Emerging Contemporaries, our most recent exhibition, celebrates new work created by contemporary artists, who we have worked with since early in their careers.
This show, currently hanging in our ground floor gallery, surveys these photographers’ diverse creative responses to the fast-paced and constantly shifting world around them.
Lucas Foglia (b. 1983) is a photographer who has spent the last decade and a half documenting how humans interact with the fast-changing natural world. Influenced by his upbringing on a farm 30 miles outside of New York, Foglia felt shielded from the strip malls and suburbs which surrounded his home. His sensitivity to nature’s fragility and proximity set him on a journey across America, during which he engaged with networks of people who have chosen to create new lives off the grid.
In this series, A Natural Order, Foglia focussed on communities he encountered in the southeastern states, who are working towards more self-sufficient lifestyles. Whether motivated by environmental concerns, religious beliefs of predictions of economic collapse, the groups Foglia records are exploring responses to a perceived civilization on the brink of disaster.
Lucas Foglia’s work is included in the permanent collections of international institutions including the International Center of Photography, San Francisco Museum of Modern Art, the Victoria and Albert Museum, FOAM museum, and the Museum of Fine Arts, Boston. His collaborations include journalistic projects with National Geographic Magazine and the New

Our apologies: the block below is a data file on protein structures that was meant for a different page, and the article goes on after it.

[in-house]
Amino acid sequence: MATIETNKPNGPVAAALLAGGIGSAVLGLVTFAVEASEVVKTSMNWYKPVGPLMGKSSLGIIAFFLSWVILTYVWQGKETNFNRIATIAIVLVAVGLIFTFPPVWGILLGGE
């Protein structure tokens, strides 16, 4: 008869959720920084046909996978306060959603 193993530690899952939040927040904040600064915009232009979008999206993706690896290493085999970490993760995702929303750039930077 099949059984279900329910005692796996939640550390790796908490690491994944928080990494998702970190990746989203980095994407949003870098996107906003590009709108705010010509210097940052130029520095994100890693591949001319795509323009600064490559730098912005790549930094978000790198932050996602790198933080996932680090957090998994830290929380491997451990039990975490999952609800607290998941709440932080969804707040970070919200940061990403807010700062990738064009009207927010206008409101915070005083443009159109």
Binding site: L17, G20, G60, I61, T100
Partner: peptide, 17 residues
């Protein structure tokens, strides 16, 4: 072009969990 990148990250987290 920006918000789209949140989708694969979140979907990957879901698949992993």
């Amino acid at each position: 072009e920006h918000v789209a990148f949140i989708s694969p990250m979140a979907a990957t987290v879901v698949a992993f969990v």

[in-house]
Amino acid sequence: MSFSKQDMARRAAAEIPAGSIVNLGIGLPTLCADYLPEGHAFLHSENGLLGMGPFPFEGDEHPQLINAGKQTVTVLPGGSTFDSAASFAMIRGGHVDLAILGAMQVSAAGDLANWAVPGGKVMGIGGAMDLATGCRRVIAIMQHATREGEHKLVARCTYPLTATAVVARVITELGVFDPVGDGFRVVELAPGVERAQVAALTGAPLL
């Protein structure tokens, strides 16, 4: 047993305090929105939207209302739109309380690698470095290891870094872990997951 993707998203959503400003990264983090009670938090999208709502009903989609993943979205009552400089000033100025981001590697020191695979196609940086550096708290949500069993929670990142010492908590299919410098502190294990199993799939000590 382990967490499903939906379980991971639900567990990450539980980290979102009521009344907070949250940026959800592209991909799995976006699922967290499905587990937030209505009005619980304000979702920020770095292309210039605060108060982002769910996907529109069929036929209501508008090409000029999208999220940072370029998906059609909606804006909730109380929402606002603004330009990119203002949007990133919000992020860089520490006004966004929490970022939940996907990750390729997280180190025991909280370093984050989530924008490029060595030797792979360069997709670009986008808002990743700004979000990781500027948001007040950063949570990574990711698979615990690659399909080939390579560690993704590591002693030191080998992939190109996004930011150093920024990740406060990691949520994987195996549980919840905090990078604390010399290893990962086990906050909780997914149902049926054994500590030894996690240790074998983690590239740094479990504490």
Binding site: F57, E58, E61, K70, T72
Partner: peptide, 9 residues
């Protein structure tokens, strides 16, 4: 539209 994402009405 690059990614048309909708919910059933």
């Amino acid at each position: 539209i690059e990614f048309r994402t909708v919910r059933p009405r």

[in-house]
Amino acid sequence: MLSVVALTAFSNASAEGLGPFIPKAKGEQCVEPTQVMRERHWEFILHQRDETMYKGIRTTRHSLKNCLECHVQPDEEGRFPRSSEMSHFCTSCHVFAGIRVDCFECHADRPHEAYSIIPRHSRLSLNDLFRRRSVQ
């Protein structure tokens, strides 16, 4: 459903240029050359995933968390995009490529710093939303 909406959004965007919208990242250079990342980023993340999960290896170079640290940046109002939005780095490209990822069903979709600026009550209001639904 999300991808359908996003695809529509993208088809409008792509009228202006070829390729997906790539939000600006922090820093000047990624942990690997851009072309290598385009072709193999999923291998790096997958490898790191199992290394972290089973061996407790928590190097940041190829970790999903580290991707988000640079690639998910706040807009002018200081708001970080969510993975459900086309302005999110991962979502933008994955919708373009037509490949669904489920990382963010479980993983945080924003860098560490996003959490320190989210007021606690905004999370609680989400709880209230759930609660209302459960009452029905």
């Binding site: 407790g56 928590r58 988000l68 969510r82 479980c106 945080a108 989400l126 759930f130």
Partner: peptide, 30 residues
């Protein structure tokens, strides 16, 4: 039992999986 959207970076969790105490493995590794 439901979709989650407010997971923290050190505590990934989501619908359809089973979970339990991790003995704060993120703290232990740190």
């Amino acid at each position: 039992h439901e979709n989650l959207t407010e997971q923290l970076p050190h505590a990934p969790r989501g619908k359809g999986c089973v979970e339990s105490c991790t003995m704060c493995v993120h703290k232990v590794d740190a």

York Times Magazine, and non-profit work for Sierra Club and the Nature Conservancy. In 2019, Foglia was shortlisted for the Prix Pictet.
Yamatani Yusuke (b. 1985) is a Japanese photographer who describes his work as developing out of the shi-shashin (‘I-photography’) tradition of intimate, confessional art. Echoing Araki, who coined the term almost half a century earlier, Yamatani’s series Rama Lama Ding Dong (2015) illustrates his honeymoon journey across Japan. Travelling with their tent and clothes in hand, the new couple voyage from Hokkaidō in the extreme north down to the southern island of Kyūshū.
In 2015, when Yamatani became a father, his photography recorded the commencement of this new phase of his life. Into the Light (2017) was inspired by lonely walks around his neighbourhood in the middle of the night, having been woken by the baby. A dawning domestic sensibility made Yamatani curious about the lives of others taking place in the dark homes around him, and he started experimenting with infrared photography and its penetrative connotations.
Yusuke Yamatani has shown internationally, in cities including New York, London, Paris and Hong Kong. He is the author of five photobooks.
Jean Curran (b. 1981) is an Irish artist who has achieved acclaim for her luminous dye transfer prints. Her practise is a work of editing and re-presentation that appropriates key scenes from iconic films to reveal the cinematographic artistry of the film in a fresh and novel way.
For her series The Vertigo Project (2019), Curran worked with the full cooperation of the Hitchcock estate to select twenty still images from the hundreds of thousands of frames that make up the film. Working from a rare Technicolor dye imbibition print of the film from 1958, Curran painstakingly reconstructed the sequentially registered layers of colour to echo the original dye transfer process by which the movie was made.
This series has been displayed in London and New York.